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No evidence of type 1 or type 3 hypersensitivity mechanism in amoxicillin/clavulanic acid induced aseptic meningitis
  1. S Kastenbauer1,
  2. H-W Pfister1,
  3. M Wick2
  1. 1Department of Neurology, Klinikum Groβhadern, Ludwig-Maximilians University, Marchioninistr 15, 81377 Munich, Germany
  2. 2Department of Clinical Chemistry, Klinikum Groβhadern
  1. Correspondence to:
 Dr Kastenbauer; 

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Drug induced aseptic meningitis has been reported in response to various agents, in particular non-steroidal anti-inflammatory drugs, intravenous immunoglobulins, anti-CD3 monoclonal antibody (OKT3), and antibiotics.1 Hypersensitivity reactions (especially type 1 and type 3) have been invoked as the cause by many investigators.1 This hypothesis is supported by the detection of immune complexes in the serum or cerebrospinal fluid (CSF) of some patients.1

To our knowledge, only two cases of aseptic meningitis induced by amoxicillin with or without clavulanic acid have been reported.2,3 We report a third case of probable amoxicillin induced aseptic meningitis where we performed laboratory studies for type 1 or type 3 hypersensitivity mechanisms.

Case report

A 62 year old man presented to our hospital because of fever (up to 40°C) and severe headache for four days. Both had begun approximately six hours after the intake of one tablet of 500 mg amoxicillin plus 125 mg clavulanic acid (Augmentan™, SmithKline Beecham) as antibiotic prophylaxis before a planned dental surgical procedure. He had discontinued the antibiotic after two tablets and cancelled the appointment with the dentist. Five weeks before, he had already had to cancel the planned operation, because he had exactly the same (but more severe) signs and symptoms, also approximately six hours after the intake of one tablet of amoxicillin/clavulanic acid. Following discontinuation of the prophylactic antibiotic (after two tablets), the fever and headache had subsided over the course of three weeks without any treatment. Tests were not performed during that episode. He could not remember having taken amoxicillin/clavulanic acid before that first occasion. He did not report any accompanying “allergic” signs, such as facial oedema, conjunctivitis, or rash during either of the two episodes, and he had no previous history of allergy or connective tissue disorder.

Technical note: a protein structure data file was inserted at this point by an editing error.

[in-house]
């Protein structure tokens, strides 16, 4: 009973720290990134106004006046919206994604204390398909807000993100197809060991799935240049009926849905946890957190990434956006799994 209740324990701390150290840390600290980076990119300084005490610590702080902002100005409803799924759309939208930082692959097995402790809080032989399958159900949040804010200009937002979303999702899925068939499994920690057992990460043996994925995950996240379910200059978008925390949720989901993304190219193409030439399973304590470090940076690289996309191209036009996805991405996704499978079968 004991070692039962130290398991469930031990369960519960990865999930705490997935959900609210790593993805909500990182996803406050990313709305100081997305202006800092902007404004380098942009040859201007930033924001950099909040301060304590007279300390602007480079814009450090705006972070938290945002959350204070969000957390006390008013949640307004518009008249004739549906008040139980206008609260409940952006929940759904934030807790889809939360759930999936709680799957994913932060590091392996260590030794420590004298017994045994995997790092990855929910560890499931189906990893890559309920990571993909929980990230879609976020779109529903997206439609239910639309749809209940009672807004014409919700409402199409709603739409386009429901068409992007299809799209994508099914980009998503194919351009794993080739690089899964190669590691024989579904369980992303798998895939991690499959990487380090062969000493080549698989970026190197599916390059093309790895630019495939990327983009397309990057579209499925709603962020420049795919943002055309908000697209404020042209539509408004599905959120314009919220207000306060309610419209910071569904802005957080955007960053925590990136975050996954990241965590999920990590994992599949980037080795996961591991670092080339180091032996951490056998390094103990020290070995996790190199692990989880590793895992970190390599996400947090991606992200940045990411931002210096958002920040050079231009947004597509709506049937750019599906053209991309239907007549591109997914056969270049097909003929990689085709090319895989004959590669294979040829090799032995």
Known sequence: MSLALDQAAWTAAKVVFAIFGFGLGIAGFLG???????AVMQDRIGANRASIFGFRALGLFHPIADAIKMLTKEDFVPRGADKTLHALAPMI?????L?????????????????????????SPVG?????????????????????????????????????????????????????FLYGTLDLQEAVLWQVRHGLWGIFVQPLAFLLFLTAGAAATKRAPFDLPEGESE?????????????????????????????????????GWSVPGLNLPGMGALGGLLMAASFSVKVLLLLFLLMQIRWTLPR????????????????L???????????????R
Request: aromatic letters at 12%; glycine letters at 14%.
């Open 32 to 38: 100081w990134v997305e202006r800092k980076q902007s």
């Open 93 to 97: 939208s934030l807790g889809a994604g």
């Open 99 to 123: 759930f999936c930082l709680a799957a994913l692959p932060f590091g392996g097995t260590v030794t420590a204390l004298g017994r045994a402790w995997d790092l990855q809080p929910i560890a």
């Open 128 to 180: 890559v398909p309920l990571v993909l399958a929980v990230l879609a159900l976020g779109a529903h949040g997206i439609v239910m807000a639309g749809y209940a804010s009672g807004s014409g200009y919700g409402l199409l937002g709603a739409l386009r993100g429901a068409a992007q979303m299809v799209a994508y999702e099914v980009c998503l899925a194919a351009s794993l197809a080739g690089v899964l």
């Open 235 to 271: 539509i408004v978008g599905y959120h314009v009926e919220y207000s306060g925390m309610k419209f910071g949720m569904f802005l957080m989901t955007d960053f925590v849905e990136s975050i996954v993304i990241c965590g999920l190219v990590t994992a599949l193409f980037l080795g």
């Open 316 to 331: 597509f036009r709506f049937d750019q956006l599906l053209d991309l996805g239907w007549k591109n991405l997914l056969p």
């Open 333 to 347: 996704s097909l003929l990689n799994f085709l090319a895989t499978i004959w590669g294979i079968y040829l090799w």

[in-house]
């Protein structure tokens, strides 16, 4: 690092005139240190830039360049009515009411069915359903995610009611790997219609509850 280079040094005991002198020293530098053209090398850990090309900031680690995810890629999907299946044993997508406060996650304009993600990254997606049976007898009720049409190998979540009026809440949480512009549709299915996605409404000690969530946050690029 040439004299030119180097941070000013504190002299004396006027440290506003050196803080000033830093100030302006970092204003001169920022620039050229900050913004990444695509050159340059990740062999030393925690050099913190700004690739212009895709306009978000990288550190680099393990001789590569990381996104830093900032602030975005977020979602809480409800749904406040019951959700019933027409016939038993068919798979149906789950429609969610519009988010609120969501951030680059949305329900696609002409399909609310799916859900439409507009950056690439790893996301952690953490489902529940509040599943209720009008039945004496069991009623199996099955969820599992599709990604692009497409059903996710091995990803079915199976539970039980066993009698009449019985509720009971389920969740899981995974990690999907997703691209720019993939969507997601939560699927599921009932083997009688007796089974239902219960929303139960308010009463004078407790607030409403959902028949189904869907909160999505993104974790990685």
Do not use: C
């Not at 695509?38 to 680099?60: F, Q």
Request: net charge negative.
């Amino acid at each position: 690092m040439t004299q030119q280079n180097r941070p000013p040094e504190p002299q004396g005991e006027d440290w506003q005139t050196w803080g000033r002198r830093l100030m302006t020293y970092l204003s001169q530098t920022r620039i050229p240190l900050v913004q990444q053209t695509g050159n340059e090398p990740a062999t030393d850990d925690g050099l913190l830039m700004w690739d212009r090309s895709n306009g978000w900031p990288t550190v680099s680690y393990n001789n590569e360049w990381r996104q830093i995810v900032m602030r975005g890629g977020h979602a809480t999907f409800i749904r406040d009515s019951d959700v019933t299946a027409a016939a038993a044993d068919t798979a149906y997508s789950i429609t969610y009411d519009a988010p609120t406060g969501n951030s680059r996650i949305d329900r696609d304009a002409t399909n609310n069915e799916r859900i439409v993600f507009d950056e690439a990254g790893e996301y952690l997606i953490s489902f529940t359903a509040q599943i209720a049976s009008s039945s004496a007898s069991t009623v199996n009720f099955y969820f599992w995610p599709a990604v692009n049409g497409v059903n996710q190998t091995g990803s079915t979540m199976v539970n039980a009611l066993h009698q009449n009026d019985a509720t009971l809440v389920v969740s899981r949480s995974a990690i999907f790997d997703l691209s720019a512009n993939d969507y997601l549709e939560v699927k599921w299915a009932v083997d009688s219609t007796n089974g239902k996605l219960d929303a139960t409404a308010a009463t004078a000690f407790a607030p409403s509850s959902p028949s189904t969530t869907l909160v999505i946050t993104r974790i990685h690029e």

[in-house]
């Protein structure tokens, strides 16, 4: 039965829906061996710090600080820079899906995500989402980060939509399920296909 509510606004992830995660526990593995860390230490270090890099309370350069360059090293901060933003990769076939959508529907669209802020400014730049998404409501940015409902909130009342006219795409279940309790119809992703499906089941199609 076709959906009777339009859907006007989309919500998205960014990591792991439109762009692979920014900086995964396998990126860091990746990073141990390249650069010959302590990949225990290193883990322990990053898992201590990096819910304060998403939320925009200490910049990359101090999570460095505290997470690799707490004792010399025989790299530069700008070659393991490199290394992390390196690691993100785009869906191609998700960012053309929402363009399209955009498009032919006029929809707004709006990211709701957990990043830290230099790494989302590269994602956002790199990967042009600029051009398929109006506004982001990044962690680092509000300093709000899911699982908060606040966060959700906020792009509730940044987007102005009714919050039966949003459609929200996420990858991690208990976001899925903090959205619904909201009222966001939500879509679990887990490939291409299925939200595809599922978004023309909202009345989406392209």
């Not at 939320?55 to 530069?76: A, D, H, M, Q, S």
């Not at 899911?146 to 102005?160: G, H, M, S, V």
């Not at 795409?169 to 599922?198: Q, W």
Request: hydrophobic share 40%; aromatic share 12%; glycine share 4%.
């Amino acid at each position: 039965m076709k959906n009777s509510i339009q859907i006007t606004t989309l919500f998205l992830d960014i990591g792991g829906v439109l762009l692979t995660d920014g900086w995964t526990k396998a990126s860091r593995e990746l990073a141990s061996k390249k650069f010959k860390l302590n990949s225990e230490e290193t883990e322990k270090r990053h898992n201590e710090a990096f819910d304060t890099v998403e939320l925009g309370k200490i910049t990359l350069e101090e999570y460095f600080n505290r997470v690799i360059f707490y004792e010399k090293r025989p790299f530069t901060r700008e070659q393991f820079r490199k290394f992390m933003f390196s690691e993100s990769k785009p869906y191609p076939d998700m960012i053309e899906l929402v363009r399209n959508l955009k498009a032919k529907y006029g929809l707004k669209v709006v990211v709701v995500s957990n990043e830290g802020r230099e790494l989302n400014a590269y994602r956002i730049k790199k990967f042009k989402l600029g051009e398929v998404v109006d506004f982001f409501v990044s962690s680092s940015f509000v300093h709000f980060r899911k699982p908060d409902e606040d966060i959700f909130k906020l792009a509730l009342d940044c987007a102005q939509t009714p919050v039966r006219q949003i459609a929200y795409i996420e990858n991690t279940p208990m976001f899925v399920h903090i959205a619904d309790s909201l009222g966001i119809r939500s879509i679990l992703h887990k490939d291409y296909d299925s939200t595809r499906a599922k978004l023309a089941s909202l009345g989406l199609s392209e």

His neurological status was unremarkable, and in particular there was no neck stiffness. His physical status was also normal except for a body temperature of 38.2°C. Cranial computed tomography revealed no abnormalities. CSF examination showed the following results: leucocyte count 54 cells/μl (82% lymphocytes, 12% monocytes, 4% lymphoid cells, 2% granulocytes); glucose 62 mg/dl (serum 98 mg/dl); protein 94 mg/dl; QAlb 13.4 (1000 × CSF albumin/serum albumin, normal < 7.4); IgG index 9.38 (1000 × CSF IgG/serum IgG); oligoclonal bands negative. Bacterial and fungal cultures from CSF were negative. Blood analyses were also normal except for a slightly raised C reactive protein (1.1 mg/dl, normal < 0.5 mg/dl). Additional investigations did not support an underlying type 1 or type 3 hypersensitivity mechanism, as no specific IgE to amoxicillin (< 0.35 IU/ml) or immune complexes interacting with C1q (< 20 IE/ml) were detected in his serum or CSF. Without further treatment, he recovered completely within one week.


On the basis of the history and findings (two identical episodes of high fever and headache shortly after intake of the prophylactic antibiotic, and sterile CSF pleocytosis at least during the second episode), we diagnosed probable amoxicillin/clavulanic acid induced aseptic meningitis. However, we could not find any evidence suggesting an underlying type 1 or type 3 hypersensitivity reaction. Further studies are therefore warranted.


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